Probably datable to the late 1740s or early 1750s, when Gainsborough was back in his native Suffolk, the present work has traditionally been identified as a portrait of his youngest daughter, Mary. Although Mary, was born in 1748 and would have been a child at around the time that this picture was painted, the features do not correspond with known portraits of a slightly later date, such as The Artist's Daughters chasing a Butterfly of c.1756 and The Artist's Daughters teasing a cat of c.1758-1759 (both National Gallery, London).
The unfinished nature of the portrait, with its sketchy background and loose-handling of paint, as well as its scale, suggest that it was not a commissioned work. It is likely to be an informal study of the child of a relative or friend. No early provenance has yet emerged to support an identification. However, very little documentation survives from Gainsborough's life and his early work is still a relatively unknown quantity.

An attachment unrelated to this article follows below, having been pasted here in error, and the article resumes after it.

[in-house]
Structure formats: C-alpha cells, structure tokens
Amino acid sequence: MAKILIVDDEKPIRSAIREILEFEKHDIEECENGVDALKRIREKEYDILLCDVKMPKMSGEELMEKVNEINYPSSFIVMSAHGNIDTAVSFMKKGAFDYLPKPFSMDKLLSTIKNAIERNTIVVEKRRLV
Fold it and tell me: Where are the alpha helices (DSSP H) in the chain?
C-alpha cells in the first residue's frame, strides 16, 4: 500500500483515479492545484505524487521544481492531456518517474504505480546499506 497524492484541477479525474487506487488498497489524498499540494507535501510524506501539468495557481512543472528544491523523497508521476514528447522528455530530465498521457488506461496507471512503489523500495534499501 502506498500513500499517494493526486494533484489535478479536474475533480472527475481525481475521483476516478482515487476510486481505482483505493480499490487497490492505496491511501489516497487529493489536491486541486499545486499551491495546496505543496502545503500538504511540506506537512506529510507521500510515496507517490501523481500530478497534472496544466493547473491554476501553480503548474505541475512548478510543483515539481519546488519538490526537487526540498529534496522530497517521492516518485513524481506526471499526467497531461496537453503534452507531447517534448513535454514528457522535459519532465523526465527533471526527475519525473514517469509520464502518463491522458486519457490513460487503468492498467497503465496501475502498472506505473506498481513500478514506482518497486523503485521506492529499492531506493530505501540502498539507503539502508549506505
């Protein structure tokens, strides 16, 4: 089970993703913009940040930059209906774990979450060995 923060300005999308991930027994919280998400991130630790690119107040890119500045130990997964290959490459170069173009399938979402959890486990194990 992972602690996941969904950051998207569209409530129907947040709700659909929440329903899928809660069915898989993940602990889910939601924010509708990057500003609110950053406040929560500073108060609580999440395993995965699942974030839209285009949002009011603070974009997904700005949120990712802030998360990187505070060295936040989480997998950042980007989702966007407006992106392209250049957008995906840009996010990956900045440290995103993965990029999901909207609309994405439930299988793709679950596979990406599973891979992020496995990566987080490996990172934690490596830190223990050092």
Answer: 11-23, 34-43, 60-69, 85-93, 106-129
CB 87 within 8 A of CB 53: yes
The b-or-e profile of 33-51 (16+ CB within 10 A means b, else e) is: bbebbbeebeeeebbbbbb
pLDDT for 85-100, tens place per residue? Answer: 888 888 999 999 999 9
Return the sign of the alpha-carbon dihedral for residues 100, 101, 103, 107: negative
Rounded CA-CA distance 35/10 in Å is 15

Writing about the portrait, Dr. John Hayes (private communication 19 September 2001), says on the basis of photographs, 'The portrait is indeed rather beautiful and, although I cannot find anything to compare it, I am convinced that it is by Gainsborough, but perhaps a little earlier than the familiar early paintings. There is no documentation of which I'm aware, and one wouldn't expect it: certainly the artist himself left no records'. On the basis of photographs, Hugh Belsey was uncertain of the attribution to the artist.